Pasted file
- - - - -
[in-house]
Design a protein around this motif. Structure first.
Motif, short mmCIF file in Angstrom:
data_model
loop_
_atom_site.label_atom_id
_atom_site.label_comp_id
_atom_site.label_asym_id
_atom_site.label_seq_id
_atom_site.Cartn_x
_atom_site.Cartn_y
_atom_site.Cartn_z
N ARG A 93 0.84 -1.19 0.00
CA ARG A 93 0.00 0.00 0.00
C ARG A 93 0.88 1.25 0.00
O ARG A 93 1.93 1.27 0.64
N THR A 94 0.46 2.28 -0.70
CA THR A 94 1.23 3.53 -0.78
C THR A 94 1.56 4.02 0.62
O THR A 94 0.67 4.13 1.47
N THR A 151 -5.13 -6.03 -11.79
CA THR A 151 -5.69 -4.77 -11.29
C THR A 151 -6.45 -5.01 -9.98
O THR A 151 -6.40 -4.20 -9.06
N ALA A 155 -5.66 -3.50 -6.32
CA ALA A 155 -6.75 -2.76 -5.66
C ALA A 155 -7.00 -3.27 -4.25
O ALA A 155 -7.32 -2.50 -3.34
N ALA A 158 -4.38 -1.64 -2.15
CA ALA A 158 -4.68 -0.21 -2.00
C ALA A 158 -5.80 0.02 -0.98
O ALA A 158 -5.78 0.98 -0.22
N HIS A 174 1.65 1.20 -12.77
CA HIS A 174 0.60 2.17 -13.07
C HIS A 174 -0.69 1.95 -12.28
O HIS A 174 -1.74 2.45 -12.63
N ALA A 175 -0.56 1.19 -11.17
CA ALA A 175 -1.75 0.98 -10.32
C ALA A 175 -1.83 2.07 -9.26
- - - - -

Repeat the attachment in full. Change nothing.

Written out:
[in-house]
Design a protein around this motif. Structure first.
Motif, short mmCIF file in Angstrom:
data_model
loop_
_atom_site.label_atom_id
_atom_site.label_comp_id
_atom_site.label_asym_id
_atom_site.label_seq_id
_atom_site.Cartn_x
_atom_site.Cartn_y
_atom_site.Cartn_z
N ARG A 93 0.84 -1.19 0.00
CA ARG A 93 0.00 0.00 0.00
C ARG A 93 0.88 1.25 0.00
O ARG A 93 1.93 1.27 0.64
N THR A 94 0.46 2.28 -0.70
CA THR A 94 1.23 3.53 -0.78
C THR A 94 1.56 4.02 0.62
O THR A 94 0.67 4.13 1.47
N THR A 151 -5.13 -6.03 -11.79
CA THR A 151 -5.69 -4.77 -11.29
C THR A 151 -6.45 -5.01 -9.98
O THR A 151 -6.40 -4.20 -9.06
N ALA A 155 -5.66 -3.50 -6.32
CA ALA A 155 -6.75 -2.76 -5.66
C ALA A 155 -7.00 -3.27 -4.25
O ALA A 155 -7.32 -2.50 -3.34
N ALA A 158 -4.38 -1.64 -2.15
CA ALA A 158 -4.68 -0.21 -2.00
C ALA A 158 -5.80 0.02 -0.98
O ALA A 158 -5.78 0.98 -0.22
N HIS A 174 1.65 1.20 -12.77
CA HIS A 174 0.60 2.17 -13.07
C HIS A 174 -0.69 1.95 -12.28
O HIS A 174 -1.74 2.45 -12.63
N ALA A 175 -0.56 1.19 -11.17
CA ALA A 175 -1.75 0.98 -10.32
C ALA A 175 -1.83 2.07 -9.26